EMBA European Milk Bank Association
280 Active milk banks
17 Planned milk banks
Click
for full
map >

Two mothers, two babies, one story! – Switzerland

From the lovely Swiss town of St Gallen came two different but, in some ways, similar stories of two tiny girls Baby 1 and Baby 2. The mothers and infants are unrelated –their experiences though have much in common. Their babies were born at 29+4 and 31+2 weeks and both had hyaline membrane disease also known as respiratory distress syndrome which is a common problem for babies who are born early and so with immature lungs. It was more severe in the first baby who was intubated on her first day and then received additional respiratory support for 4 weeks. Although the first baby was born at an earlier gestation, the second baby weighed less due to growth restriction before she was born.

Both babies were able to have some of their own mother’s colostrum on day 1 but they also needed small amounts of donor milk. The donor milk supplement continued for 5 days for baby 1 and 4 for baby 2 but both were then able to receive all of their milk from their respective mothers. They both also quickly achieved full milk feeds which means they tolerated the donor and mum’s milk well and the amounts were able to increase daily until no support from parenteral (eg intravenous) nutrition was needed. 

Both babies had more than doubled their weights by the time they were discharged and both mothers had established such good milk supplies that they were able to donate milk to the milk bank. The volumes donated differed (one was 4.2 litres and the other 27.4 litres) but the measure of their success and generosity is the same. They both gave their surplus milk in order to help another tiny baby to have a better start with their enteral (milk) feeds.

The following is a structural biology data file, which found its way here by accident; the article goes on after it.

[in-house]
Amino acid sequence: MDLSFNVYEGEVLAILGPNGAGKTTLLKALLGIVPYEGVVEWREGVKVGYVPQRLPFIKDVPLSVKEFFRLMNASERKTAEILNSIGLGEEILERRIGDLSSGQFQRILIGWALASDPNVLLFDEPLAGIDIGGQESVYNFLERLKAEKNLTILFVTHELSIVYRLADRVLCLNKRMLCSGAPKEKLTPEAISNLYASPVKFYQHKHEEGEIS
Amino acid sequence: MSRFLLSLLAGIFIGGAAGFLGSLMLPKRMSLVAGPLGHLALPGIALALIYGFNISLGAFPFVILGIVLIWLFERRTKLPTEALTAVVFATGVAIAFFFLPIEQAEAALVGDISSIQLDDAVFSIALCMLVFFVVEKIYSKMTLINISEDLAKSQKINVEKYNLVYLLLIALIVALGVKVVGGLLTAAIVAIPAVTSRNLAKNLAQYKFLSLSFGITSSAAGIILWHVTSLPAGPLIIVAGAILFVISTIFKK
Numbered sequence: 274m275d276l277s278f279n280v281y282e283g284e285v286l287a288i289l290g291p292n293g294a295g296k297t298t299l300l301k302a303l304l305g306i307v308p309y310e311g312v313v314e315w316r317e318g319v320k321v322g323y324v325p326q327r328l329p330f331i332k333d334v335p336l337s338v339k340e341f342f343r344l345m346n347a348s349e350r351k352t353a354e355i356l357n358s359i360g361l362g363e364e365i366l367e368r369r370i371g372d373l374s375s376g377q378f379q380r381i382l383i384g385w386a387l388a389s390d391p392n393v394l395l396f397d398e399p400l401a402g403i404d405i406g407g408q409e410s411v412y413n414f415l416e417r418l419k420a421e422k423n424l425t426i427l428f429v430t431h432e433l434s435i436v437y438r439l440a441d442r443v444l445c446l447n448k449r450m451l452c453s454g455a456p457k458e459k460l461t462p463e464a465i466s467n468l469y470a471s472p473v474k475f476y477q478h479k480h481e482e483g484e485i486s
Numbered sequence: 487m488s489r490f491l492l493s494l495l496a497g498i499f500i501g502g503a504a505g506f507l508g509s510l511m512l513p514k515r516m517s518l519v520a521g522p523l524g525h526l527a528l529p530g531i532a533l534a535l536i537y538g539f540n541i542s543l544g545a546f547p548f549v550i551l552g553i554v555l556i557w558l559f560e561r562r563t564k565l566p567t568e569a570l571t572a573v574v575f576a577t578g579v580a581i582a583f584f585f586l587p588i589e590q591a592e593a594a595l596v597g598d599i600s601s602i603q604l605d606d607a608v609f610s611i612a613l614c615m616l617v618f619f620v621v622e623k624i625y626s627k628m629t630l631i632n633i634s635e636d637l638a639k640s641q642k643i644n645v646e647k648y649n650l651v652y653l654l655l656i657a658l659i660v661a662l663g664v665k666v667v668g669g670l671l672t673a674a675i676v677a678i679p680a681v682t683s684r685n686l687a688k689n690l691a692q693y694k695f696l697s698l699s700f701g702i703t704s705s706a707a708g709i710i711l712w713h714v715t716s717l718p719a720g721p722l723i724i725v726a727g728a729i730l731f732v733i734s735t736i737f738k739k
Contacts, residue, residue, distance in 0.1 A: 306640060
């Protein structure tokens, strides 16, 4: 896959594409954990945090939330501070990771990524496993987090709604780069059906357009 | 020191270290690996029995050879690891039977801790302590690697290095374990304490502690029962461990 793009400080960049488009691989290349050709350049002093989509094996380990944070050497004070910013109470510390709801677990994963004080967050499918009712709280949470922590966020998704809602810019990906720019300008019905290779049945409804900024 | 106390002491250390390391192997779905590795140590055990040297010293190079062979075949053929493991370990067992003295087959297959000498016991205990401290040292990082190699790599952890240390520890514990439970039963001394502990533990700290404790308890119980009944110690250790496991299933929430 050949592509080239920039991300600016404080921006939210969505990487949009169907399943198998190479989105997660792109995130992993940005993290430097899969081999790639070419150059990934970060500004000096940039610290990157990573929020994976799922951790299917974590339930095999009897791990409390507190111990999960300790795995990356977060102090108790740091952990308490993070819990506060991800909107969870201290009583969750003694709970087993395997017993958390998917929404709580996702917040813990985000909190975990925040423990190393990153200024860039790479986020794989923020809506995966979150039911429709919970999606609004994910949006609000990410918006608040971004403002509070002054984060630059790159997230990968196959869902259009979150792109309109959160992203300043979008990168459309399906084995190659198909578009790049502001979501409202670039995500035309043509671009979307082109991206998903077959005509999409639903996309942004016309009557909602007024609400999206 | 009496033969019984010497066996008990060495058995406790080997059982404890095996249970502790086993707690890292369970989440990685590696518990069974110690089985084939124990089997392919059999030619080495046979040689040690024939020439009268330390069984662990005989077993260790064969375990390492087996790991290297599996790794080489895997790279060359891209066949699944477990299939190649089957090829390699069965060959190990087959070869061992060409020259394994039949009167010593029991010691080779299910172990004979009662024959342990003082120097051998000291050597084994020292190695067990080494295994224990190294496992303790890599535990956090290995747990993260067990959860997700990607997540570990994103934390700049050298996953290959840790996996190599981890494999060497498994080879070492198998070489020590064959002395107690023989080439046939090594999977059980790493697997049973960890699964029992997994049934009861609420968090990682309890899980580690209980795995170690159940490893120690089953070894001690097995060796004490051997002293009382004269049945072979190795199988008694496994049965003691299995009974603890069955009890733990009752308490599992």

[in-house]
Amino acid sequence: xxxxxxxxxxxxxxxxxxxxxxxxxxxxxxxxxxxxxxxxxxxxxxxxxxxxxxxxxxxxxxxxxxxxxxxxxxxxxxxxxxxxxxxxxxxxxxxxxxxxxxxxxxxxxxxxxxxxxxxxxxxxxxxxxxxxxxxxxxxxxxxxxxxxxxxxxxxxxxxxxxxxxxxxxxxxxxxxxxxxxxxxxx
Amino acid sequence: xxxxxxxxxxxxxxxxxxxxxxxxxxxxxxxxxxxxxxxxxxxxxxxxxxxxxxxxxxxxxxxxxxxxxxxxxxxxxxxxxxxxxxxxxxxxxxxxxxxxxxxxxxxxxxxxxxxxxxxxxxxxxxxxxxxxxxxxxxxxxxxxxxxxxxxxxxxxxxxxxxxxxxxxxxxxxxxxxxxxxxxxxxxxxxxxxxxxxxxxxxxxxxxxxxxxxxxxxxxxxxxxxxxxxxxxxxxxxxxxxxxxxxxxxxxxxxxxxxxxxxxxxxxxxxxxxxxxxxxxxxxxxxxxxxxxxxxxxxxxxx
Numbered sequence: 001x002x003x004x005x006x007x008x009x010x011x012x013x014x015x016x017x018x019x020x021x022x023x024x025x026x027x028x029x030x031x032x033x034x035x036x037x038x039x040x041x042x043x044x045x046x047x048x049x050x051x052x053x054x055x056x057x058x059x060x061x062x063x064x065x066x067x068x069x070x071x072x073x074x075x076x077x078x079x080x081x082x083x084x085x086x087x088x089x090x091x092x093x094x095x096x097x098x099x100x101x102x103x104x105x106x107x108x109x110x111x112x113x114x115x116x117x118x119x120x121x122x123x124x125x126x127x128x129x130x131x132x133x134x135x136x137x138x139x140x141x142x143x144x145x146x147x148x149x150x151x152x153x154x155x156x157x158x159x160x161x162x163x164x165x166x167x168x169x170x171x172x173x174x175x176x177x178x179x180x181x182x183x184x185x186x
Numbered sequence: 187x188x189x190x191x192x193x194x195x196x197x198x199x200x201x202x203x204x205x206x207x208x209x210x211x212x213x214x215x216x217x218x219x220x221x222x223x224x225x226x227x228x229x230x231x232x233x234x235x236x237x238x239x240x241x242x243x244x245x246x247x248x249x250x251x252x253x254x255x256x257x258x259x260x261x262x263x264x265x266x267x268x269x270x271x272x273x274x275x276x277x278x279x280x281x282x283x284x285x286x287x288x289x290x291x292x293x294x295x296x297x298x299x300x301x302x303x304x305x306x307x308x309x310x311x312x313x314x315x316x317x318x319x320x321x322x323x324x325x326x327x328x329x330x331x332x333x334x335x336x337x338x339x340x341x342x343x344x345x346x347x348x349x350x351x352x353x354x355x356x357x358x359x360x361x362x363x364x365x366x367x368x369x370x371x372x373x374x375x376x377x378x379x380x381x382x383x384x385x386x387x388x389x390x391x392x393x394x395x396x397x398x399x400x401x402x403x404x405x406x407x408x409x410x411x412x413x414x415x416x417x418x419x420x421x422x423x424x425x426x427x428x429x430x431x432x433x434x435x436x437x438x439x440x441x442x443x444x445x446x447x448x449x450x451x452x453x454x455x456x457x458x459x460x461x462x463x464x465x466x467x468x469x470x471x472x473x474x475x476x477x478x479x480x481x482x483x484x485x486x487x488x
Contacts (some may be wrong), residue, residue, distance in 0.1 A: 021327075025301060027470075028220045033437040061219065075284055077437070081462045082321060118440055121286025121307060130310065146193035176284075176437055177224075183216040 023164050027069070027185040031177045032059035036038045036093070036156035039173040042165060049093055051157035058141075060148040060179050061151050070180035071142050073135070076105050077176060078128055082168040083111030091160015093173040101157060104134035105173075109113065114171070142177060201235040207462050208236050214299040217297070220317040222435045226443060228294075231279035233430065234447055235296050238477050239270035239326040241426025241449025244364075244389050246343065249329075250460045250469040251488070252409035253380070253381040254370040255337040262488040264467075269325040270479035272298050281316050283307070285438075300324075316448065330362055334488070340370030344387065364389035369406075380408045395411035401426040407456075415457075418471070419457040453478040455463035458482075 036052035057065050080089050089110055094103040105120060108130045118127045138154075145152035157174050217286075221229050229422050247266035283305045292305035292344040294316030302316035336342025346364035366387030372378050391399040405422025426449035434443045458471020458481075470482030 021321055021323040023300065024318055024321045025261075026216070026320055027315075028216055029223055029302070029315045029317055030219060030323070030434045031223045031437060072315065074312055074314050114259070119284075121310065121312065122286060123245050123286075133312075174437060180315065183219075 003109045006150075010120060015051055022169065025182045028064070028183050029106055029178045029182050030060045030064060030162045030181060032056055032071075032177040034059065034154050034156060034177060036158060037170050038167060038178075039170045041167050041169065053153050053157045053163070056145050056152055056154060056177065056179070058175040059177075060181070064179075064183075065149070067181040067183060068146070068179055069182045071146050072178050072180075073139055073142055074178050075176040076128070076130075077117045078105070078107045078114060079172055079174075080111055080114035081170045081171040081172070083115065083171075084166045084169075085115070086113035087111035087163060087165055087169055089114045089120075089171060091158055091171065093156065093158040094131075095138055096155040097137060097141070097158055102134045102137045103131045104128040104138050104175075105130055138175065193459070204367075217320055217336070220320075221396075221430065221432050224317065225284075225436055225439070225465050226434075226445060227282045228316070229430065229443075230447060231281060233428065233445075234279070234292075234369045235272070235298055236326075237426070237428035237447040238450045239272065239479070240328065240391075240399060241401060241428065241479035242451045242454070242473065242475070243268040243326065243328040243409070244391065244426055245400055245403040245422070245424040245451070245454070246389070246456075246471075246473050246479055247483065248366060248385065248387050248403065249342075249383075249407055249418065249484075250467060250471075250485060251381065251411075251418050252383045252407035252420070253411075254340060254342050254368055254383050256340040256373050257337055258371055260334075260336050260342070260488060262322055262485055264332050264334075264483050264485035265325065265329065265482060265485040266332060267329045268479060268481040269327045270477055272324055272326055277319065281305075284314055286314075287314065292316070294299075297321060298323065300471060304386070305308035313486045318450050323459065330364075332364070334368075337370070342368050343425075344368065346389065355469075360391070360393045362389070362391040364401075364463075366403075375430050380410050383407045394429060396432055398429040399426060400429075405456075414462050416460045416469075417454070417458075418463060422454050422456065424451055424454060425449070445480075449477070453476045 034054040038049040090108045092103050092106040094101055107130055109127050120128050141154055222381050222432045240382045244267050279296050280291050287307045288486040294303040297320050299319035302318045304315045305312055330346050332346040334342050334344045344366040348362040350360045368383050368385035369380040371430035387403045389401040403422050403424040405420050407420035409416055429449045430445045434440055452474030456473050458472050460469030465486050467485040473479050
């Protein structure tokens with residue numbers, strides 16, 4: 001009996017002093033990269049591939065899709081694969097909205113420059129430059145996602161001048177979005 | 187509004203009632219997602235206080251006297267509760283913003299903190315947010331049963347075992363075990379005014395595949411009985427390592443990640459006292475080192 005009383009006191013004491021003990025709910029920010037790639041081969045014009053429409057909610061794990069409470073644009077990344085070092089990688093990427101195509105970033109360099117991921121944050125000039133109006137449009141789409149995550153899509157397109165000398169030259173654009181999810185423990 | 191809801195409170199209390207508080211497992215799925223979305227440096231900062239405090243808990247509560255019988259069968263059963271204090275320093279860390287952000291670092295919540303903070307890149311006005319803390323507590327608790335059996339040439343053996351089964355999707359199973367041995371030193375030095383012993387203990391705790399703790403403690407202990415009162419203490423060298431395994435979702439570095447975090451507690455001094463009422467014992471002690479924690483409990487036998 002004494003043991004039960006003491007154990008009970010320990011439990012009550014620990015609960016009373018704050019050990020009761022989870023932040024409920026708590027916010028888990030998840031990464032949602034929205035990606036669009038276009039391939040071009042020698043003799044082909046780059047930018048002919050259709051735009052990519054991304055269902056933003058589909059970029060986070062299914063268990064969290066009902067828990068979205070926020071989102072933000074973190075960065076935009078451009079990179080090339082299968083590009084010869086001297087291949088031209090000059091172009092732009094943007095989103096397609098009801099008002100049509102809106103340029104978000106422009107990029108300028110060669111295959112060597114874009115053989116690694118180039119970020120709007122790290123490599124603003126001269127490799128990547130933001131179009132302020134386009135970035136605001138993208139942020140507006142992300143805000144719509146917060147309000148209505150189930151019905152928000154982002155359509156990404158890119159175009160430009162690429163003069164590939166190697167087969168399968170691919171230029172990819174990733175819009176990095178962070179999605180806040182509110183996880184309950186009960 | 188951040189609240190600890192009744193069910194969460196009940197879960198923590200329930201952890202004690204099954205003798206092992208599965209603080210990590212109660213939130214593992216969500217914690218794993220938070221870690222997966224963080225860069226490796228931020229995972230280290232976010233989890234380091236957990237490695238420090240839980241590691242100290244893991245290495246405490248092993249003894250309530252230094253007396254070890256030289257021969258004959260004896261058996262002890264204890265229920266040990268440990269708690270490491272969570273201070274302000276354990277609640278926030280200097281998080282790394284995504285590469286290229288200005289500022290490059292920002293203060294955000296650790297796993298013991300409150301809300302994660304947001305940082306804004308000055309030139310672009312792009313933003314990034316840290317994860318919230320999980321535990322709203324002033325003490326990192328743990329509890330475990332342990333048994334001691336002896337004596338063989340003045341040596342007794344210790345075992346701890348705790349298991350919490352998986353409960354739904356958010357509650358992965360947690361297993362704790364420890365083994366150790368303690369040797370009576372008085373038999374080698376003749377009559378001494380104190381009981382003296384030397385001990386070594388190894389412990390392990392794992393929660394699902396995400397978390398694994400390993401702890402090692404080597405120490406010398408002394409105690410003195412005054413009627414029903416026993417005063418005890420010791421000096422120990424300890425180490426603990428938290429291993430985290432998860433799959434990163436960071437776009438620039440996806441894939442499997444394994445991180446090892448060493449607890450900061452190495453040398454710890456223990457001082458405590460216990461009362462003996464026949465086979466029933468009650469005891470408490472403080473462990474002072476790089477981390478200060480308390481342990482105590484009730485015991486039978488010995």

These stories will be familiar to milk bank staff all around the world – mothers whose babies needed some donor milk during their early days then going on to become donors themselves. It helps to dispel the idea that when donor milk is available it will prevent mothers from lactating successfully and breastfeeding. As long as there is optimal lactation and feeding support for the mothers and babies, the use of donor milk should and does help mothers to achieve a good milk supply. And what a powerful message its availability gives to all of the families in the NICU, throughout the hospital and indeed the wider community about how much human milk is valued in that facility!

Back to news >